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Comfort Food for the Literate
Posted 9 March 2011
Anybody who reads my columns knows I love cities, but I have always had a comparable passion for films. So for me the Oscars is an event I must watch, however critical I usually am of the quality of the nominated films. I am willing to sit through it all despite the tedious nature of the ceremony, and generally banal acceptance speeches, which rarely strike an unpredictable note. And I don't do so primarily for professional reasons, but because I find something seductive about the evening's show biz patter and sentimentality, and its lavish, overdressed triviality. It's the movie fan part of me (who absurdly remembers the names of every actor) - not the film critic - who watches it unfold.
However, I tend, with some exceptions, to be less interested in Hollywood mainstream film than in European art and American independent films. Except for the powerfully realistic Winter's Bone, and the fresh, vibrant, brilliantly edited The Social Network, most of this year's nominees were merely skillfully directed, well-acted works that left me intellectually and emotionally untouched. Obviously, The King's Speech was from the start a lock to win the Oscar for Best Picture. It's uplifting, decorative, and upper class English in the style of many PBS Masterpiece Theater productions, and it leaves the audience undisturbed - comfort food for the literate. Yet some of the most original and trenchant American films of the last four decades - Scorsese's Taxi Driver, Altman's Nashville, Cassavetes's A Woman Under the Influence and the Coen Brothers' A Serious Man - never won an Oscar for Best Film. For the most part, that's the Oscar norm: reward what's safe, and neglect what's artistically and culturally tough, painful, and visionary.
This year's ceremony was as interminable as most of the past ones were, despite its self-conscious attempt to appeal to the young. Instead of the middle-aged Alec Baldwin, Whoopie Goldberg, and the best of more recent MC's, the quick-witted, too comfortable-in-his-own-skin Billy Crystal (who made an appearance, basking in thunderous applause), two young hip stars James Franco, and Anne Hathaway were anointed. But Franco was uneasy and unsuited for the job - being so ironic about the role he was playing that he seemed to be sleepwalking through the evening. Hathaway was just too eager and hungry for approval, but at least she was lively and, truly believed in the industry's rites. Of course even Billy Crystal never could save Hollywood's empty homage to itself, but he always made it more tolerable.
The Oscars contained only one brief moment that aroused my full attention. Charles Ferguson, director of the Oscar-winning documentary Inside Job (a critique of Wall Street for helping perpetrate the economic crisis of 2008) said on accepting his award: "Forgive me, I must start by pointing out that three years after our horrific financial crisis caused by financial fraud, not a single financial executive has gone to jail, and that's wrong." His words may have had little to do with the televised proceedings, but they succinctly reminded the audience that there is a larger, troubled world outside the insulated, self-serving one being celebrated.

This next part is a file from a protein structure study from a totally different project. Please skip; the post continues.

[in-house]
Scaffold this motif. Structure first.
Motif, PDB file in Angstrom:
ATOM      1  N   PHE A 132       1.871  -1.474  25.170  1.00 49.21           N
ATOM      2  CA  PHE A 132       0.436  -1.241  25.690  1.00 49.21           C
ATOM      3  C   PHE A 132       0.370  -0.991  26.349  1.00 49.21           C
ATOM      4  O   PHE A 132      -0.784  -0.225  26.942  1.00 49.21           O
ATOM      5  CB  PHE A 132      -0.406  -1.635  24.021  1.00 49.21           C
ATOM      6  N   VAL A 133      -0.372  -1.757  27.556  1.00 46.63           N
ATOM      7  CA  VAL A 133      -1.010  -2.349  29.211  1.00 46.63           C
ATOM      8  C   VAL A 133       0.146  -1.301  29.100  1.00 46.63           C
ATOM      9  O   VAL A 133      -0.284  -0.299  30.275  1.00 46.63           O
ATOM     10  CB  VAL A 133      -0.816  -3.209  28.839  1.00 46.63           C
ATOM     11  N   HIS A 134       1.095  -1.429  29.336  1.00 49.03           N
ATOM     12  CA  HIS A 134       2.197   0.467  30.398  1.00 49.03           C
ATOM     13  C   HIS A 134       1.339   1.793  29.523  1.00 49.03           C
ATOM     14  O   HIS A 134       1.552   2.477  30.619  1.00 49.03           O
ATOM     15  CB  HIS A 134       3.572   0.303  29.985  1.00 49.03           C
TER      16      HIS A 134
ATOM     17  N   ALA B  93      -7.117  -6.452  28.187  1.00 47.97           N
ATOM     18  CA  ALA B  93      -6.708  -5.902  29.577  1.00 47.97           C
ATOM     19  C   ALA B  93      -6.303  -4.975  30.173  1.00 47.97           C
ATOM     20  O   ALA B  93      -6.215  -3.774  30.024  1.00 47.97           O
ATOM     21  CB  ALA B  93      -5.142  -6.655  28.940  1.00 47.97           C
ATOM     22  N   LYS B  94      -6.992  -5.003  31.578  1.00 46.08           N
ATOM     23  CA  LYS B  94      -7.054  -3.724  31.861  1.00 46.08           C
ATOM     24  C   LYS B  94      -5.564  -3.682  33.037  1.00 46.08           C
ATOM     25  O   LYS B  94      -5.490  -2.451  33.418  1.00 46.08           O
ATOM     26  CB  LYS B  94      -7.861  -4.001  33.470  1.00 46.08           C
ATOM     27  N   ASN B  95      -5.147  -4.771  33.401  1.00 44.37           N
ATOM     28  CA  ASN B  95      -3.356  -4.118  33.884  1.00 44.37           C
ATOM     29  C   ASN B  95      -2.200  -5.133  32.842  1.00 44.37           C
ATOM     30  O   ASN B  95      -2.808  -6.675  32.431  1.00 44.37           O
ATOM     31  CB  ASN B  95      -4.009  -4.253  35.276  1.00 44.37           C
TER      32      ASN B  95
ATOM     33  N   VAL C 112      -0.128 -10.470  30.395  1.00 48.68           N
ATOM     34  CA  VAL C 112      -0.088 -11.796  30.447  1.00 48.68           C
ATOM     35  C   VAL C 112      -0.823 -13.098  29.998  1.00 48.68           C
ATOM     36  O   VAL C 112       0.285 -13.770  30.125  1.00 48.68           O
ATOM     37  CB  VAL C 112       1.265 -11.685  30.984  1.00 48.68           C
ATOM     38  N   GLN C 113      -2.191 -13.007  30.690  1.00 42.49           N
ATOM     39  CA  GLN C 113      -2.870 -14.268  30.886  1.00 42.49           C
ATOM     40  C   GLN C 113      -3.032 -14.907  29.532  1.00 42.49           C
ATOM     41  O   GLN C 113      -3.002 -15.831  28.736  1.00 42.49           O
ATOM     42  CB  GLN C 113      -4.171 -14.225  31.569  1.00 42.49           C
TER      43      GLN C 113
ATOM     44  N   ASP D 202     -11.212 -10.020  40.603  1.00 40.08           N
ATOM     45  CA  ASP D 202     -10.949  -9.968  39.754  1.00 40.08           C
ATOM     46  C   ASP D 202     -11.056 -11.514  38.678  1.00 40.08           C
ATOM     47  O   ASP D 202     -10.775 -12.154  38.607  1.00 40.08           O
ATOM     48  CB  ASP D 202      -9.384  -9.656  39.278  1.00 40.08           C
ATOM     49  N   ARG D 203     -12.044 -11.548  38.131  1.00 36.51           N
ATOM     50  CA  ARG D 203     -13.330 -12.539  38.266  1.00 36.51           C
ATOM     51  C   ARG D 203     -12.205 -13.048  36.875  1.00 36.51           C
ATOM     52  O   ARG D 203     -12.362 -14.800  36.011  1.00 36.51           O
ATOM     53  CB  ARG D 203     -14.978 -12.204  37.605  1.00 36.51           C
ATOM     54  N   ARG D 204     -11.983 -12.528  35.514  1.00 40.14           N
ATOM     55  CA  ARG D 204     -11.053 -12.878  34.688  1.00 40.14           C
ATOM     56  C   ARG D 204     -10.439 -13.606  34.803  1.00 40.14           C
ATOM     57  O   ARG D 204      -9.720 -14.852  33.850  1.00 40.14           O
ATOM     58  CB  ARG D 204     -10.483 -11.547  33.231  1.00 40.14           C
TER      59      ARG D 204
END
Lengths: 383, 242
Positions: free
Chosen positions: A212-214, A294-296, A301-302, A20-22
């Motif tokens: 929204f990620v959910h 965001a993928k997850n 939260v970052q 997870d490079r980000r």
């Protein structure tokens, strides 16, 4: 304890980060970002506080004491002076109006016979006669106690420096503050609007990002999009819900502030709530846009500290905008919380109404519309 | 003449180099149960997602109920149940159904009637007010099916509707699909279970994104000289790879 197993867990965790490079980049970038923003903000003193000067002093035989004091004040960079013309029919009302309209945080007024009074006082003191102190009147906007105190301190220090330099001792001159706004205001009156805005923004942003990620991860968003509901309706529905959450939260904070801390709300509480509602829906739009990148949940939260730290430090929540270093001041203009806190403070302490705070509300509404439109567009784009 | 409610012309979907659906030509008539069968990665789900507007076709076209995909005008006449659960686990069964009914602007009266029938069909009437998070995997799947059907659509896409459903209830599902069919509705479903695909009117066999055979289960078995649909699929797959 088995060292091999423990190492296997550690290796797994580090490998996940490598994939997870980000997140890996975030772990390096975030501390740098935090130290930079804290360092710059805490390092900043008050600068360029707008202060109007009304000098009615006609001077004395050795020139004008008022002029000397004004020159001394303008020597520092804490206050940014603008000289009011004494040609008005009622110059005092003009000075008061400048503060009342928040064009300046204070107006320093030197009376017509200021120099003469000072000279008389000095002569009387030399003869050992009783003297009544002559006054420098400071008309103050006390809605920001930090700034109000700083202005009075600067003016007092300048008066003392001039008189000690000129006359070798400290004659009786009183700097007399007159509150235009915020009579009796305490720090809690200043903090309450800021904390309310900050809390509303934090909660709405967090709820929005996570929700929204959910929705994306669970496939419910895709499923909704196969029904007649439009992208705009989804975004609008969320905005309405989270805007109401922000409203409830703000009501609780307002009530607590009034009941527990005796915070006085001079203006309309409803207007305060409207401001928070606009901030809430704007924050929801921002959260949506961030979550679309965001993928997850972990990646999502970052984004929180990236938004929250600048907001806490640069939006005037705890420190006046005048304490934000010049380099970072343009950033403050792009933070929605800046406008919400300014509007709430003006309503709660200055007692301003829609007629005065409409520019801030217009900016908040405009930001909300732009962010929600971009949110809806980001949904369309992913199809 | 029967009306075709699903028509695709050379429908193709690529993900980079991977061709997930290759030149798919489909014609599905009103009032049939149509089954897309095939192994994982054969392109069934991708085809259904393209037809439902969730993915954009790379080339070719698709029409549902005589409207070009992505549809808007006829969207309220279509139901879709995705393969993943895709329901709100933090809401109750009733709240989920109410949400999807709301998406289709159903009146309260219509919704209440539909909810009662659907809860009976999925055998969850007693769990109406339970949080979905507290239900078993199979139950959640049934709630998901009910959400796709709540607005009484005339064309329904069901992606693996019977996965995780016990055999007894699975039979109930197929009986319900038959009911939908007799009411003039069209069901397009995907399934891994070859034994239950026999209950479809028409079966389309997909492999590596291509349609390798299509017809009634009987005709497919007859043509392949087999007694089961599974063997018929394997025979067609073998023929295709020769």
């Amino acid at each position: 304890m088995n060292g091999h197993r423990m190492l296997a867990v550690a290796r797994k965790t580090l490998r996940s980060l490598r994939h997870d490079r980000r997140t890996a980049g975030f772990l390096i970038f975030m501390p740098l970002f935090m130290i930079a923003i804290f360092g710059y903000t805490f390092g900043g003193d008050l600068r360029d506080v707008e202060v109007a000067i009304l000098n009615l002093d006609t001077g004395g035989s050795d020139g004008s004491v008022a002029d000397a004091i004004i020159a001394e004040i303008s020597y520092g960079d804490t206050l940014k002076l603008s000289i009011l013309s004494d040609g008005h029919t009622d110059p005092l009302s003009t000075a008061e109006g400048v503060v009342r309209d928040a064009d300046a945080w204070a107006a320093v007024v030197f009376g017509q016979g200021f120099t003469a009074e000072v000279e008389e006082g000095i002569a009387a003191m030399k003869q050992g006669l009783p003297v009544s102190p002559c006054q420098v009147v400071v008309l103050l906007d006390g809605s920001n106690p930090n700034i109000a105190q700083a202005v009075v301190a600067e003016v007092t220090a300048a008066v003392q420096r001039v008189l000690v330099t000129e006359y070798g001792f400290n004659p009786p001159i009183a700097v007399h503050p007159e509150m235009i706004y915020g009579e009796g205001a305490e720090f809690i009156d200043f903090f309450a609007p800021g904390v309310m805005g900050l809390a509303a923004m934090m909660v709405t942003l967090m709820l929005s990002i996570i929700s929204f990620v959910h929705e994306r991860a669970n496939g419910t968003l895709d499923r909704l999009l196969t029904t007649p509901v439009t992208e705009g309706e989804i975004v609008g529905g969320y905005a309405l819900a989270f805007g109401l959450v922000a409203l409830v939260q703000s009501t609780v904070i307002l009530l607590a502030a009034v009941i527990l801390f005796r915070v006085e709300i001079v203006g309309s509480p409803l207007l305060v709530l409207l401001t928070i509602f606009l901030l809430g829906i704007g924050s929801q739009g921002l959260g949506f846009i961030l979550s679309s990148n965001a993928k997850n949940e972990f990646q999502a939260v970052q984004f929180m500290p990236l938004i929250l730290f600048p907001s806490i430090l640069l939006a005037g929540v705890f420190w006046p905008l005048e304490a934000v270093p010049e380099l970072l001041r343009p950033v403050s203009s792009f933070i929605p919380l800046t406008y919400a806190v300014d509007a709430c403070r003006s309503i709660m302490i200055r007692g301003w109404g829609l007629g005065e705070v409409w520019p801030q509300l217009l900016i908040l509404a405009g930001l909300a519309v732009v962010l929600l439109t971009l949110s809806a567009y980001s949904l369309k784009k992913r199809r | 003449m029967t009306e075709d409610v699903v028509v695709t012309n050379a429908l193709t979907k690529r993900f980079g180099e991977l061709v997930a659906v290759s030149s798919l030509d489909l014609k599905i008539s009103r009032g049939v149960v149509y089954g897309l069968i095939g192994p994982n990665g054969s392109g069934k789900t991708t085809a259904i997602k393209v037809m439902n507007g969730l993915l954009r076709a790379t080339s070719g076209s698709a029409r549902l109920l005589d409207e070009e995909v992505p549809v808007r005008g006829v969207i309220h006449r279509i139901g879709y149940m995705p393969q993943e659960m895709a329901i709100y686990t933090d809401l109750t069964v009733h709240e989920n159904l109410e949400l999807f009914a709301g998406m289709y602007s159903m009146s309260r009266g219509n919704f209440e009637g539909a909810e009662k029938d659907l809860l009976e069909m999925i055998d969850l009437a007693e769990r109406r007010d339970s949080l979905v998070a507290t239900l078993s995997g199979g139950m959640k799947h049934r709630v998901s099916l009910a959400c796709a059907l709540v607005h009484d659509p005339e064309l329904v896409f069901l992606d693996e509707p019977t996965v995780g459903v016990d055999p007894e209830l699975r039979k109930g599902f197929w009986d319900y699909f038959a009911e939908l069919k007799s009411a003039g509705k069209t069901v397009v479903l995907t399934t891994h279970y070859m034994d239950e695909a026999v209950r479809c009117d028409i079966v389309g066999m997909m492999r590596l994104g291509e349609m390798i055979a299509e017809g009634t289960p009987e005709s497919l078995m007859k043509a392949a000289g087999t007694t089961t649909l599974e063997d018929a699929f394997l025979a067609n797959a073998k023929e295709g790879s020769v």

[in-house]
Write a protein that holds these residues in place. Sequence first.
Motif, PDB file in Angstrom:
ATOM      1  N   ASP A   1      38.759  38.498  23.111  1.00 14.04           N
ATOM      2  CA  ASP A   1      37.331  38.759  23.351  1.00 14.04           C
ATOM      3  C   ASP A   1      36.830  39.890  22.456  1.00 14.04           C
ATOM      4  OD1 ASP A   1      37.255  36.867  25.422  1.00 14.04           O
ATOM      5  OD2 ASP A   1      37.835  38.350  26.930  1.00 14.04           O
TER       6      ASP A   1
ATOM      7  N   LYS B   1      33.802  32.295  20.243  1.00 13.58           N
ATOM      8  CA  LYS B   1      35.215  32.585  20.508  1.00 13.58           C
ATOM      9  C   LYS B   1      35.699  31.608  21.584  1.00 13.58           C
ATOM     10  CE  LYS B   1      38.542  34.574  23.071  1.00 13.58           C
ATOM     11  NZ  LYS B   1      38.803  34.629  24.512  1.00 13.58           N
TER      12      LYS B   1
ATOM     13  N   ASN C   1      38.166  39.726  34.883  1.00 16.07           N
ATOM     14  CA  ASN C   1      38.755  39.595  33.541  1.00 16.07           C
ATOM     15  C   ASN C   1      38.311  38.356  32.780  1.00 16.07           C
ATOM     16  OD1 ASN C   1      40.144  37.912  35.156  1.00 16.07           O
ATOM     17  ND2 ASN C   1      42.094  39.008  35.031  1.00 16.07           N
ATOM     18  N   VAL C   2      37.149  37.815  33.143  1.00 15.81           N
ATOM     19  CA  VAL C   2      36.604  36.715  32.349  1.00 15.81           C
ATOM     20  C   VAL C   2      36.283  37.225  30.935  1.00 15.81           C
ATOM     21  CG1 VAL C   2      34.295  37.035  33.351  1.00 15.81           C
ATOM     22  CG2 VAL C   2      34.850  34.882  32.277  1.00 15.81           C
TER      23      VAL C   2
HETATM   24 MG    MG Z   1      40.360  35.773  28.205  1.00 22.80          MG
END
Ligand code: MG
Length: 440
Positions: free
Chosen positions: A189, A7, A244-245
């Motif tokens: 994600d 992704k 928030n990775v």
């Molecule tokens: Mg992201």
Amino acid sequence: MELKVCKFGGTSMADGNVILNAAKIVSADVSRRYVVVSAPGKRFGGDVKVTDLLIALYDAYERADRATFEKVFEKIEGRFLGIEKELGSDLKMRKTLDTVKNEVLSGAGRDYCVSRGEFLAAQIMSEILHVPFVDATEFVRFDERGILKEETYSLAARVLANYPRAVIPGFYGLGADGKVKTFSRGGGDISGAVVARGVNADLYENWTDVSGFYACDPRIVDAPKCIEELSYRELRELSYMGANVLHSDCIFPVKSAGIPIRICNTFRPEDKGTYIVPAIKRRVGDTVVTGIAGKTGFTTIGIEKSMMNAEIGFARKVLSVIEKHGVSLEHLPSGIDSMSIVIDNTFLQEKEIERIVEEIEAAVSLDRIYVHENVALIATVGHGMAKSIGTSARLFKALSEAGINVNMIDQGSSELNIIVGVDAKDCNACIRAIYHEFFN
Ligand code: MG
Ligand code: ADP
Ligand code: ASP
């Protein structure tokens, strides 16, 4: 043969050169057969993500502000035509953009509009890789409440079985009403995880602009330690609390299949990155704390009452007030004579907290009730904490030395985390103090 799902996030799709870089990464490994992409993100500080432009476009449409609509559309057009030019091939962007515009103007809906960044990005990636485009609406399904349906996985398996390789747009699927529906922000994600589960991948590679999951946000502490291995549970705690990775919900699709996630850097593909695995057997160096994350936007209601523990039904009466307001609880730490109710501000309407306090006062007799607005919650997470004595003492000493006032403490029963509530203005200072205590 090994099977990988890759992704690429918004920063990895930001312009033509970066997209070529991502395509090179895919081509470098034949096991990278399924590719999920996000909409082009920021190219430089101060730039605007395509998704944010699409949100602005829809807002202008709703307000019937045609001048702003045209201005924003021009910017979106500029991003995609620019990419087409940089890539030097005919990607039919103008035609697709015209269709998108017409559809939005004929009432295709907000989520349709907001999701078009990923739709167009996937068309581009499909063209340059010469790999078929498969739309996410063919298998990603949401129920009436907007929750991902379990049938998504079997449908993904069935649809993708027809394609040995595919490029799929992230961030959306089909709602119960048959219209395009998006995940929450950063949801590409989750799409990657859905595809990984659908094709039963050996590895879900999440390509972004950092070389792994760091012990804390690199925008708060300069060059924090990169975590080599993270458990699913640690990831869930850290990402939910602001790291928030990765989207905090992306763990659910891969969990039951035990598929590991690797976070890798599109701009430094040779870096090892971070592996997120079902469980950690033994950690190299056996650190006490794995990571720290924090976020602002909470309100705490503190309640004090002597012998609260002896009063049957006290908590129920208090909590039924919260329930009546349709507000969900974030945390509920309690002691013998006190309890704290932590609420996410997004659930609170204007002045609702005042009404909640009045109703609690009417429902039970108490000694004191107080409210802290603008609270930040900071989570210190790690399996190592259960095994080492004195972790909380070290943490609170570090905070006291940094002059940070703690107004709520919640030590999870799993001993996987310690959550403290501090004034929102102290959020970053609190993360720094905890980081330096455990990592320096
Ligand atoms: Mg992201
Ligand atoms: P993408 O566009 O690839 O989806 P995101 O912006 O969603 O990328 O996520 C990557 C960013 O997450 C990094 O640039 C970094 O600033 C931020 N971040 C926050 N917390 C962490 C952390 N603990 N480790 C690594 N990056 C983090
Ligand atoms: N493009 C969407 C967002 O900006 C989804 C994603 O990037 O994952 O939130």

That larger world, especially cities, has always aroused my fervent interest. And it comes to people who write books about cities, I find my sympathies tilting towards those who passionately love urban life. Consequently, I recommend reading Harvard economist Edward Glaeser's provocative and lively Triumph of the City (Penguin Press), despite the fact that I suspect Glaeser's politics are more conservative than mine. Still, anybody who can write, “cities magnify humanity's strengths,” and New York is “a paradigm of urbanity,” shares a great deal of my urban perspective.
For Glaeser, a native New Yorker, “urban concentration can have magical consequences,” as density and proximity makes people more inventive, and ideas emerge “that eventually spread beyond their border and enrich the rest of the world.” He believes it's only in cities where urban scale can provide support for a host of theatres, museums, restaurants, and specialized shops and products. (Of course, he is not a Pollyanna, and he also writes about cities in decline like Detroit.) Given those sentiments, Glaezer is antipathetic to suburban sprawl, which he sees as environmentally disastrous, and having been sustained by a set of flawed policies-federal highway and housing programs,the mortgage tax deduction, and low gas prices.
The book is filled with insights and policy proposals, all of them suggestive, but some that also give me pause. Glaeser is wary of preservationists who make buildings more central than people. He wants to discard the idea “that urbanites should always fight to preserve a city's physical past.” He may not be a fan of the Trumps of the world, but he too blithely wants New York to build more skyscrapers to make housing more affordable. Nothing wrong if it's a building like Frank Gehry's stunning seventy-six storey rental building just south of the Brooklyn Bridge, but odious were such a monolith placed on an exquisite Village side street or even on upper Madison Avenue.
Glaeser even makes some of the right noises about urban poverty. But his deepest concern is not the plight of the city's poor. It is to construct a powerful argument for the importance and grandeur of cities. And in my biased view, he makes that case damn well.